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Turkey: Democratic Left Party
Country Study > Chapter 4 > Government and Politics > Political Dynamics > Political Parties > Democratic Left Party


The Democratic Left Party, known by the Turkish acronym DSP (for Demokratik Sol Partisi), was the smallest parliamentary party in January 1995. Because the party received almost 11 percent of the vote in the 1991 elections, DSP leader Bülent Ecevit and six other party officials took seats in the National Assembly. Ecevit considered the DSP the legitimate successor to the CHP, which he headed prior to the 1980 coup. When the DSP was founded in November 1985 -- with Ecevit's wife serving as chair because he remained barred from political activity -- Ecevit made known his low opinion of the SHP, which also presented itself as the heir to the CHP, and its leader, Erdal Inönü. Ecevit's personal animosity toward Inönü prevented DSP-SHP cooperation, even though the parties had similar programs and appealed to the same constituency. In both 1987 and 1991, Ecevit spurned efforts by Inönü and other SHP leaders to persuade him to join an electoral alliance. Ecevit condemned the SHP's participation in the Demirel and Çiller governments as evidence that the party had abandoned social-democratic principles and betrayed the working class.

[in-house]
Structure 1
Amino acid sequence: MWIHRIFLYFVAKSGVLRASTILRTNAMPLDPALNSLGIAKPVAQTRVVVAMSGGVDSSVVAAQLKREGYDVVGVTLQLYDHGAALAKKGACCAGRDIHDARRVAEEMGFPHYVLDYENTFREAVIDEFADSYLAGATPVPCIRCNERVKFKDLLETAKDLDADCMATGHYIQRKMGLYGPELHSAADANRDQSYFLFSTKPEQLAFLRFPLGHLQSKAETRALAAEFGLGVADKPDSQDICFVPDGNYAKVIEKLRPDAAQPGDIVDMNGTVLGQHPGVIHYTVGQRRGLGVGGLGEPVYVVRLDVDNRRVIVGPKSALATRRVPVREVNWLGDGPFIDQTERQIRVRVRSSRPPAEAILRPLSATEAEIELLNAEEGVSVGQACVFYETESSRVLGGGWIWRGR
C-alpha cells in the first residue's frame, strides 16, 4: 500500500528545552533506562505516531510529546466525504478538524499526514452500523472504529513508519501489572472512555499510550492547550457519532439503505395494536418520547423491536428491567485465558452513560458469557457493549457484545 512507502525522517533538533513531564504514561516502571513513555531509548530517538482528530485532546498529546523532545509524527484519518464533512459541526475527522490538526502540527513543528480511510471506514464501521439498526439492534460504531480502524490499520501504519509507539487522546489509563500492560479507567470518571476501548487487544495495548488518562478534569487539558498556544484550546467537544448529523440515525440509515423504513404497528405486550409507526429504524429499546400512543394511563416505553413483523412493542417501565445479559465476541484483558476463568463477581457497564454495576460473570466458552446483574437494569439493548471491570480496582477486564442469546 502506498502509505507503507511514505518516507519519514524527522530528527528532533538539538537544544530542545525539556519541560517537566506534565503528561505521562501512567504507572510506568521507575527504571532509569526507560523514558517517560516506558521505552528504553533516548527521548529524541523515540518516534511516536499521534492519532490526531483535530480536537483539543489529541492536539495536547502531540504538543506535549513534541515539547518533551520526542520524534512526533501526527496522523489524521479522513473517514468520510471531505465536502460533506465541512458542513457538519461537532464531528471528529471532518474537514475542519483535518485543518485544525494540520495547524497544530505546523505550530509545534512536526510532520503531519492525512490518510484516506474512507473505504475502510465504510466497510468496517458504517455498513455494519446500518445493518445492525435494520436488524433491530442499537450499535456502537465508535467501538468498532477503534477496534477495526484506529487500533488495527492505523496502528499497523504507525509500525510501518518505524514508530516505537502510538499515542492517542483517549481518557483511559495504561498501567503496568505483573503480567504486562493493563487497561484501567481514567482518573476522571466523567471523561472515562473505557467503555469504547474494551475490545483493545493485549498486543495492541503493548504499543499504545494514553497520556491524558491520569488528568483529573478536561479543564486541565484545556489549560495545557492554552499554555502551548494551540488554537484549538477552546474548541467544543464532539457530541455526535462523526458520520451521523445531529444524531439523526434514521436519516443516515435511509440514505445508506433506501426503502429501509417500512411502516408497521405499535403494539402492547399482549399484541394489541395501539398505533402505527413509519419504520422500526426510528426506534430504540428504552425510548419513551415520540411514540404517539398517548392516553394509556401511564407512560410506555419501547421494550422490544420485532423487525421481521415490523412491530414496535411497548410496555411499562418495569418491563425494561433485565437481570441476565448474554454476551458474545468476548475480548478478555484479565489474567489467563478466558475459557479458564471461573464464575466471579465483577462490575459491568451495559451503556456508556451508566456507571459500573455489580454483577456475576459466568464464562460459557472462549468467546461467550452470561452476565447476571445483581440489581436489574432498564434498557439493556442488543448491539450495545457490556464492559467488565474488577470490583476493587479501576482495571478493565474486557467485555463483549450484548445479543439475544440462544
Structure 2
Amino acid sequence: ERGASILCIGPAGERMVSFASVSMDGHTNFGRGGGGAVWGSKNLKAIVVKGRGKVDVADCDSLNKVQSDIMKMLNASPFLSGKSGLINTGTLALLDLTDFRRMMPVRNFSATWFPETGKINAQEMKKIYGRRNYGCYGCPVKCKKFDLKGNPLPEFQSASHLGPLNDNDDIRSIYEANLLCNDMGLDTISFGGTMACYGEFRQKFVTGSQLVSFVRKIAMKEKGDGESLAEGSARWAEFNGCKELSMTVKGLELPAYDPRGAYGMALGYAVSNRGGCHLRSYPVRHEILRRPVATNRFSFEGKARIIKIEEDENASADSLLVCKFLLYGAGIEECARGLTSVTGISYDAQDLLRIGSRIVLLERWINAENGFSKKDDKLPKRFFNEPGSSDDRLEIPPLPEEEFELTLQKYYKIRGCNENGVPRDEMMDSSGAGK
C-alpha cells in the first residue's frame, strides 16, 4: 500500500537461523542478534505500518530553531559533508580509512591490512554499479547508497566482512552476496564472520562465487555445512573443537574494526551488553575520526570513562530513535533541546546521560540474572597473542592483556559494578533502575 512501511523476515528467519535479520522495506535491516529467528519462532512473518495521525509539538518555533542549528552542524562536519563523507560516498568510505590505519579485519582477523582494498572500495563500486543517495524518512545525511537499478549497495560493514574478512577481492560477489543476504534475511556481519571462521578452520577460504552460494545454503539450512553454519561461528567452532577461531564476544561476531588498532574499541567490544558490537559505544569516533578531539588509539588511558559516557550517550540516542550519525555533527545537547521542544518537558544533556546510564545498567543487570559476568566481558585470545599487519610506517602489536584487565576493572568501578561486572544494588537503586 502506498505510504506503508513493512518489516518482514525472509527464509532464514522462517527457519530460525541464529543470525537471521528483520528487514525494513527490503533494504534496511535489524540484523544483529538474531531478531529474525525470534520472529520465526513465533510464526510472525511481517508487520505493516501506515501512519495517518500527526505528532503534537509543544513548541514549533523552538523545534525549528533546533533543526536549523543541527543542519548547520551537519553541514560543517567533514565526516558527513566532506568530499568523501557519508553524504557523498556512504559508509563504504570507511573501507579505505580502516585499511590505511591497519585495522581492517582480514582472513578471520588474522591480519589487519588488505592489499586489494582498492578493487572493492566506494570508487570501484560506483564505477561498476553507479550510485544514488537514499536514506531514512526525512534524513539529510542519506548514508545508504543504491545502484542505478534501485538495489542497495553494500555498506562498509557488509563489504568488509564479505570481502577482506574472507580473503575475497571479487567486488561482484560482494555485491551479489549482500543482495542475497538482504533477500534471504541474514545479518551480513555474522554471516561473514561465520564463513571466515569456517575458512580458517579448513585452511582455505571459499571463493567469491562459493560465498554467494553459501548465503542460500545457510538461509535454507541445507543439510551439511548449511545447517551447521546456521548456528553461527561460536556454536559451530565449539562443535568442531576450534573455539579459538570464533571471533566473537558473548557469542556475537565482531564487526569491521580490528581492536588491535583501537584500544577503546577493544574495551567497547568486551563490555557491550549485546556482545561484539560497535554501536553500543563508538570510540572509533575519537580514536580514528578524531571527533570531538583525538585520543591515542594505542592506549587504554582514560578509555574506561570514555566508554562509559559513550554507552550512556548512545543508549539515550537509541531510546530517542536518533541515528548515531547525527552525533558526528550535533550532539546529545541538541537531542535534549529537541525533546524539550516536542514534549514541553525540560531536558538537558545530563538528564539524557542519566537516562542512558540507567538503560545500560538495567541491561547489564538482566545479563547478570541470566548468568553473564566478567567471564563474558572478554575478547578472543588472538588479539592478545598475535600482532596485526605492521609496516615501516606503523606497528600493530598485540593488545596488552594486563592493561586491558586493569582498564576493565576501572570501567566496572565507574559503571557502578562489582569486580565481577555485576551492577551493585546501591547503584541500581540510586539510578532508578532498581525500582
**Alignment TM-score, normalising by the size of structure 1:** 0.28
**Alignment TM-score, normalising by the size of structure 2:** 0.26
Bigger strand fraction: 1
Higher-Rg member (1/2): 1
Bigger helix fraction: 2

Data as of January 1995

Last Updated: January 1995

Editor's Note: Country Studies included here were published between 1988 and 1998. The Country study for Turkey was first published in 1995. Where available, the data has been updated through 2008. The date at the bottom of each section will indicate the time period of the data. Information on some countries may no longer be up to date. See the "Research Completed" date at the beginning of each study on the Title Page or the "Data as of" date at the end of each section of text. This information is included due to its comprehensiveness and for historical purposes.

Note that current information from the CIA World Factbook, U.S. Department of State Background Notes, Australia's Department of Foreign Affairs and Trade Country Briefs, the UK's Foreign and Commonwealth Office's Country Profiles, and the World Bank can be found on

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